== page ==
The English court's powers in relation to a trust depend on whether it is a "nuptial" or "non-nuptial" settlement (broadly speaking, "nuptial" means made for the benefit of the parties to the marriage, during a marriage or in contemplation of it - it can also be settled by persons other than the parties themselves, i.e. parents of the couple). If the settlement is nuptial the English court has wide powers of variation and it can order provision to be made directly out of the trust. If the settlement is not nuptial, the English court has no powers in relation to it or over the trustees, although it can (and will, in the majority of cases) consider the trust a resource available to one of the spouses and can take it into account as part of any order, in the expectation that the trustees may be encouraged to make distributions from the trust fund to a spouse so that he can comply with the terms of the order made.
Thus, the best time to set up a new trust for the next generation is when you are young, free and single, and marriage is not even contemplated - in which case the English court will not have jurisdiction to vary the trust and it can, at best, only be taken it into account as a resource of the divorcing settlor or beneficiary.
This is relevant to Jersey as, in recent years, the English court has demonstrated an increased willingness to investigate, re-write, or on occasions, entirely ignore the provisions of Jersey based trusts which are set up by wealthy individuals both in the UK and in Jersey. As a result, even offshore trusts are not immune from attack on divorce, as was once perceived to be the case.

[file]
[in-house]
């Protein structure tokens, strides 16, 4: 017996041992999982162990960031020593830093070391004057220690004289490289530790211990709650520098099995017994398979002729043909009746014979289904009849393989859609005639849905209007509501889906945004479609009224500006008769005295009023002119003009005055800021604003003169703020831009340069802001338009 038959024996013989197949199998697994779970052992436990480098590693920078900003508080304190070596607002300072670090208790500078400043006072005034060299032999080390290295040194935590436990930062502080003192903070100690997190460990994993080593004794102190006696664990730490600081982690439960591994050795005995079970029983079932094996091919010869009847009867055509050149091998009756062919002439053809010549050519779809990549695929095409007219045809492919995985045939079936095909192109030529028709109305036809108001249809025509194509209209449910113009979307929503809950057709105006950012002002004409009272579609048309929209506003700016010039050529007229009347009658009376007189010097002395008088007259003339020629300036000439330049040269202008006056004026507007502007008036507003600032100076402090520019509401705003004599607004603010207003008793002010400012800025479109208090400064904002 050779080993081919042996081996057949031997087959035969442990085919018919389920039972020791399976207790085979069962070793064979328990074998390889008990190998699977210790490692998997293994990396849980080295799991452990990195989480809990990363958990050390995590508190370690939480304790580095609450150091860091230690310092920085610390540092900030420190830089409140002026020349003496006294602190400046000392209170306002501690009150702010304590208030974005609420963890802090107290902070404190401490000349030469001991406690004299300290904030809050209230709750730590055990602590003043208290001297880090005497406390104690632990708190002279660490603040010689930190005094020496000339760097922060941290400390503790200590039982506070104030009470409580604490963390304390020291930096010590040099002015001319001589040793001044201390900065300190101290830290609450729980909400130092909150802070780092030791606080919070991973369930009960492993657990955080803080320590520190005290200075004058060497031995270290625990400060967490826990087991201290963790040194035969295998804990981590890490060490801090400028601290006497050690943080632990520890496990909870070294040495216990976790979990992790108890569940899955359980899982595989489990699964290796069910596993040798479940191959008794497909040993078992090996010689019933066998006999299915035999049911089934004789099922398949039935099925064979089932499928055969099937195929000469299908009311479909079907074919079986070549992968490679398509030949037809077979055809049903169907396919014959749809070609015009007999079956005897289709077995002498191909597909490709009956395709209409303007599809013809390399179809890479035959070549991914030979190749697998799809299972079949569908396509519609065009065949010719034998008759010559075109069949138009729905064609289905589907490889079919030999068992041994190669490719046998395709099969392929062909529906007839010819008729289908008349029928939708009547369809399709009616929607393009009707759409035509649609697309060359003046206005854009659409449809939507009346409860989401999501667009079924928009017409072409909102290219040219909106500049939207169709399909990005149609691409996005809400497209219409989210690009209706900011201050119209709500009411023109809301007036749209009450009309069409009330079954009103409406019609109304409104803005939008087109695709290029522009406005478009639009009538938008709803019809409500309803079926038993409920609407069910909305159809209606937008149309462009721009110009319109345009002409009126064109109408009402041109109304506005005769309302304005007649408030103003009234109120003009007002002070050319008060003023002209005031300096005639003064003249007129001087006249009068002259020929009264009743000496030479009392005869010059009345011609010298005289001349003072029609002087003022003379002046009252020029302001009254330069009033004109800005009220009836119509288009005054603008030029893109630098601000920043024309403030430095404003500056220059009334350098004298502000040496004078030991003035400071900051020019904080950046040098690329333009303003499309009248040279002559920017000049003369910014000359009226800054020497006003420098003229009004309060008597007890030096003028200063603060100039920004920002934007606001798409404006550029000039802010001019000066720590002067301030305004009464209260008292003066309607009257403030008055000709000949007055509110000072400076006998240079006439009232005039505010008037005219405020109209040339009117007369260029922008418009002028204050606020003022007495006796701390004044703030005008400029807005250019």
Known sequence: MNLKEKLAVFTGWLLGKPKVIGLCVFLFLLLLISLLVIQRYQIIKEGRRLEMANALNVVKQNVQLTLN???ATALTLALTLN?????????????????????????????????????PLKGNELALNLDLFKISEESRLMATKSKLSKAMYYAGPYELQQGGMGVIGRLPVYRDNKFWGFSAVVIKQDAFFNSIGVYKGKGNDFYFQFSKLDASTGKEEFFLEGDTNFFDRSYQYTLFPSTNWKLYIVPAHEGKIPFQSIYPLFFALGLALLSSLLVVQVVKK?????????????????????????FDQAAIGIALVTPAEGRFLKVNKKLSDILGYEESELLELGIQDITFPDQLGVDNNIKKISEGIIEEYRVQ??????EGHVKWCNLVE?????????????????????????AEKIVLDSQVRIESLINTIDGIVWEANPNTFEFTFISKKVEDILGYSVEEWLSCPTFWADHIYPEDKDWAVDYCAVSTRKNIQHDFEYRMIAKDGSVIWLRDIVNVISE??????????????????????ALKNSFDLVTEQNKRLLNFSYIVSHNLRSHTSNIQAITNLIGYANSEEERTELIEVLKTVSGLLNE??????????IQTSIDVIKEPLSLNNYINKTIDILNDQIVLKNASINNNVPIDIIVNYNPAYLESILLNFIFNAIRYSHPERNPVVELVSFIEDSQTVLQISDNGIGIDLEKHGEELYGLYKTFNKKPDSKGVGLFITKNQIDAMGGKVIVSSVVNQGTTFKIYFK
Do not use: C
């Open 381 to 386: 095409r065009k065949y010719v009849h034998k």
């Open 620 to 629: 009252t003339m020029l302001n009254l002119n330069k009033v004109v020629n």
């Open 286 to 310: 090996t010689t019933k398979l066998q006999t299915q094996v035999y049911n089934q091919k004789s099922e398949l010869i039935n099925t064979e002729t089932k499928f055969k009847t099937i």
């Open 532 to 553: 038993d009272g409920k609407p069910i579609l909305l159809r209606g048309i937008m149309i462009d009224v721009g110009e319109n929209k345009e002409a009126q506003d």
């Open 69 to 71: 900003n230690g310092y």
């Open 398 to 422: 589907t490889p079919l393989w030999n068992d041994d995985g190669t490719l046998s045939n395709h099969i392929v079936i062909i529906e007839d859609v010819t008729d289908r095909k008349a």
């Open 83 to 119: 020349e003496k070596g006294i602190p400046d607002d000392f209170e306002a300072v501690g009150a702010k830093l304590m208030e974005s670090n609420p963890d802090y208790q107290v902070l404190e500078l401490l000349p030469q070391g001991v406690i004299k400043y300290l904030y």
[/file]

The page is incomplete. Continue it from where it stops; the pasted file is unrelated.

Pre-nups and Post-nups - A Belt and Braces Approach
The use of pre-nuptial and post-nuptial agreements (pre-nups and post-nups) has increased significantly as wealthier individuals seek to protect themselves against the ravages of financial orders on divorce and they have recently been brought to the fore as a sturdy shield in the wealth protector’s set of arms.
In relation to pre-nups, the well documented Radmacher (formerly Granatino) v Granatino judgment handed down from the Supreme Court may be of particular significance for Jersey trustees.
The case revolved around whether a prenuptial contract - designed to protect Ms Radmacher's estimated £100 million inheritance originating from the family's papermaking business - entered into between Ms Radmacher (a German national) and Mr Granatino (a French national) in Germany, three months before their marriage in London in 1988, should be binding. The pre-nup detailed the parties' agreement that neither of them would acquire any benefit from the property of the other during the marriage or on its termination.